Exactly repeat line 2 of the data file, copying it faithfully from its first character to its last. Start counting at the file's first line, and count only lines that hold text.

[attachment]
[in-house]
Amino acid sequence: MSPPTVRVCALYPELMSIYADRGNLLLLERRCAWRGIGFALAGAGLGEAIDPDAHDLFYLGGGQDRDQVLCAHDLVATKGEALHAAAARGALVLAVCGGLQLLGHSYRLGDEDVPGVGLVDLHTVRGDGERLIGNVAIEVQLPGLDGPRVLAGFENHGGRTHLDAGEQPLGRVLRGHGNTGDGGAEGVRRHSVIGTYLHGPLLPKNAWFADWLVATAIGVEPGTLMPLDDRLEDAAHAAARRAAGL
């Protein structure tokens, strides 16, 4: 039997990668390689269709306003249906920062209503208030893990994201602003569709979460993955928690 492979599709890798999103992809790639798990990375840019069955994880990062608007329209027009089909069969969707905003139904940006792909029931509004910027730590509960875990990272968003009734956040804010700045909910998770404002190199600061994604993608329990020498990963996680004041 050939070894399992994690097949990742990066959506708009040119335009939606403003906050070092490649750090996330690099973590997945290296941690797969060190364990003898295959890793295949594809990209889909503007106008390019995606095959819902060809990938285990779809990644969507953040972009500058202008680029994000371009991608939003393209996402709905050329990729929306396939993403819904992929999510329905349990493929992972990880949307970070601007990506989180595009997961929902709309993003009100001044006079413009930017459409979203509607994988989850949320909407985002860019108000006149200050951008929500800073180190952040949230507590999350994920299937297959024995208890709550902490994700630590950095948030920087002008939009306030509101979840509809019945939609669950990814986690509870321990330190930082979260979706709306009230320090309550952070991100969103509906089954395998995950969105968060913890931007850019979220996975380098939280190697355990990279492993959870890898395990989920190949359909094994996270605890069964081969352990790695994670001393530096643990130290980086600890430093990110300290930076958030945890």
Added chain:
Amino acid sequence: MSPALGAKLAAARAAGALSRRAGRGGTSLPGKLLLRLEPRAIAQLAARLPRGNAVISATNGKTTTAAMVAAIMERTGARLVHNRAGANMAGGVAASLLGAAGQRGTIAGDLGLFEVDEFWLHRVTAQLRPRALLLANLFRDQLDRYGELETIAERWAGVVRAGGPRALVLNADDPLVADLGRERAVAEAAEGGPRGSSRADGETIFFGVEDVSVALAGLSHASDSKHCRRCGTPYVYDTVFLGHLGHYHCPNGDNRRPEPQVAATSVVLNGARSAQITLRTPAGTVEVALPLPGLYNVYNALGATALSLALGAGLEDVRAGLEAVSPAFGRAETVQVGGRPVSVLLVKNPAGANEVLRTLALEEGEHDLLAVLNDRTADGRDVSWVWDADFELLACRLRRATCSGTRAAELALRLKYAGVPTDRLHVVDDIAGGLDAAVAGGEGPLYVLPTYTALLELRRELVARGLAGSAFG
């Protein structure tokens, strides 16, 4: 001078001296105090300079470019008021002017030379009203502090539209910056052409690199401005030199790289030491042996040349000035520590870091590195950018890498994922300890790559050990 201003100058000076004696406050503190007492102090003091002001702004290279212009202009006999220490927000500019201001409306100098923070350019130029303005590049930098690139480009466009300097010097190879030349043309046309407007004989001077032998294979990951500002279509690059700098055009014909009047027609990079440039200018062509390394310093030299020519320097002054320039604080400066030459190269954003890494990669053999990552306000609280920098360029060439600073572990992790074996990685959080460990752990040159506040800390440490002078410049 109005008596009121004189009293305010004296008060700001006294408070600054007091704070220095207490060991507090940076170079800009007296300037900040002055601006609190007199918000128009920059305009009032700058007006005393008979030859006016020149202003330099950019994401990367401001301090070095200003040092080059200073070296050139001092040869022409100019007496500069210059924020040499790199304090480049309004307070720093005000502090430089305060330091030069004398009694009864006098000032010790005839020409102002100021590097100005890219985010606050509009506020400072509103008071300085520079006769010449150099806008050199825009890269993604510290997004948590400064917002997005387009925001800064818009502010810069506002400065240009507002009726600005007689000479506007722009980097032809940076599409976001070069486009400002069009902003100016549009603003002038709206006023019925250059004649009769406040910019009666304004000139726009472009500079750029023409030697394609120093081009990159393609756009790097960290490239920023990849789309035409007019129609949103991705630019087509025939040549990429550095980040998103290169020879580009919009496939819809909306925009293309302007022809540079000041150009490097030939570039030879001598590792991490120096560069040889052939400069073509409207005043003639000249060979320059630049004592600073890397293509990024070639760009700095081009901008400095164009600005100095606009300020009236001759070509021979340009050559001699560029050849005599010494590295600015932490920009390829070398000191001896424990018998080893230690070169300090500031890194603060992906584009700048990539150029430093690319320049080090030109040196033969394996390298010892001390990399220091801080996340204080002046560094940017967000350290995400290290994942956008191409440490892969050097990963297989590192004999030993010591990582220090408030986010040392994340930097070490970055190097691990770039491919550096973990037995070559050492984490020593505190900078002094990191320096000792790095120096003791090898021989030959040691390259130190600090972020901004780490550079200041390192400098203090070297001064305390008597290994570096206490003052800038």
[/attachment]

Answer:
Amino acid sequence: MSPPTVRVCALYPELMSIYADRGNLLLLERRCAWRGIGFALAGAGLGEAIDPDAHDLFYLGGGQDRDQVLCAHDLVATKGEALHAAAARGALVLAVCGGLQLLGHSYRLGDEDVPGVGLVDLHTVRGDGERLIGNVAIEVQLPGLDGPRVLAGFENHGGRTHLDAGEQPLGRVLRGHGNTGDGGAEGVRRHSVIGTYLHGPLLPKNAWFADWLVATAIGVEPGTLMPLDDRLEDAAHAAARRAAGL